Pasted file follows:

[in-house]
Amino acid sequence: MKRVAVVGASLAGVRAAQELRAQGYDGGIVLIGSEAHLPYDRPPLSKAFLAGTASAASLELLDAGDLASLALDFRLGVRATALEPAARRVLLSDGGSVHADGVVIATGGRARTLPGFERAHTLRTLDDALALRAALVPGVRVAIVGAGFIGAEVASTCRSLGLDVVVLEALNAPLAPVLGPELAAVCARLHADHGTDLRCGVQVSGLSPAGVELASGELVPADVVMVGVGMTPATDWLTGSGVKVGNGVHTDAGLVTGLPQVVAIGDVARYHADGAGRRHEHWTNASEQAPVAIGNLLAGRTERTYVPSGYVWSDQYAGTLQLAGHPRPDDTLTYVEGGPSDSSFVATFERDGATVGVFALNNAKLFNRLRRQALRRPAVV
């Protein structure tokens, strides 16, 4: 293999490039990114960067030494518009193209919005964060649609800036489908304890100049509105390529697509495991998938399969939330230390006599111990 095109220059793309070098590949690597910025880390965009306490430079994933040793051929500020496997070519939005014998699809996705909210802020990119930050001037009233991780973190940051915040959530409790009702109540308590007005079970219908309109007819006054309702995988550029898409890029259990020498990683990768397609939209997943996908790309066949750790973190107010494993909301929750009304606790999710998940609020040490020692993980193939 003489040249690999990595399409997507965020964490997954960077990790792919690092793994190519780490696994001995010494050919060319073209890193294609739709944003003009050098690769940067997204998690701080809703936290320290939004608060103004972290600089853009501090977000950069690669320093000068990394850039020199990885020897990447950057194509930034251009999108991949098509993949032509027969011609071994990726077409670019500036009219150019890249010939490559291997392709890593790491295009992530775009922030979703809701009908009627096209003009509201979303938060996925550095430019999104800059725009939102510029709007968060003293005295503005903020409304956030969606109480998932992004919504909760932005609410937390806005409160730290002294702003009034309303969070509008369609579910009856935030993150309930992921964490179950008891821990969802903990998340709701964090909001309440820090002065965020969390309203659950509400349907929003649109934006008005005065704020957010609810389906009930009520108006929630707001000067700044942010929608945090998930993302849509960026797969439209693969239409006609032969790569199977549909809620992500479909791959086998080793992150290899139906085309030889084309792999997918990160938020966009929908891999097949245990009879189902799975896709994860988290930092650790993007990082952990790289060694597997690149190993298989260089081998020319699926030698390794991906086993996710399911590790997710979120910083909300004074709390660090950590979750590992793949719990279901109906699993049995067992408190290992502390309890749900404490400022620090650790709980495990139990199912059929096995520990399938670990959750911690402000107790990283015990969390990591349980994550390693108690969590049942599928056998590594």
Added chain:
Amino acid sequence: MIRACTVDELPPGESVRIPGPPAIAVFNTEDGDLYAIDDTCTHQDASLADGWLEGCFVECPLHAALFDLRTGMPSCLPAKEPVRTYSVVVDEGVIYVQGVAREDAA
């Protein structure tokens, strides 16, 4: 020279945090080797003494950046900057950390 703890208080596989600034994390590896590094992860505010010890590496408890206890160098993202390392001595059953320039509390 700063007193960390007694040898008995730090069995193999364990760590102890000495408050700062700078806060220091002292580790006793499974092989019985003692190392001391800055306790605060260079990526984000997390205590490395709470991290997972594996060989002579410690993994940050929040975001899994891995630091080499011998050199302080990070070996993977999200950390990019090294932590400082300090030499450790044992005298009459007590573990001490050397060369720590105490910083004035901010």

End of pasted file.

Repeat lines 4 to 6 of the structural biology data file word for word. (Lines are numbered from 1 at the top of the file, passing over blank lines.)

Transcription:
Added chain:
Amino acid sequence: MIRACTVDELPPGESVRIPGPPAIAVFNTEDGDLYAIDDTCTHQDASLADGWLEGCFVECPLHAALFDLRTGMPSCLPAKEPVRTYSVVVDEGVIYVQGVAREDAA
């Protein structure tokens, strides 16, 4: 020279945090080797003494950046900057950390 703890208080596989600034994390590896590094992860505010010890590496408890206890160098993202390392001595059953320039509390 700063007193960390007694040898008995730090069995193999364990760590102890000495408050700062700078806060220091002292580790006793499974092989019985003692190392001391800055306790605060260079990526984000997390205590490395709470991290997972594996060989002579410690993994940050929040975001899994891995630091080499011998050199302080990070070996993977999200950390990019090294932590400082300090030499450790044992005298009459007590573990001490050397060369720590105490910083004035901010």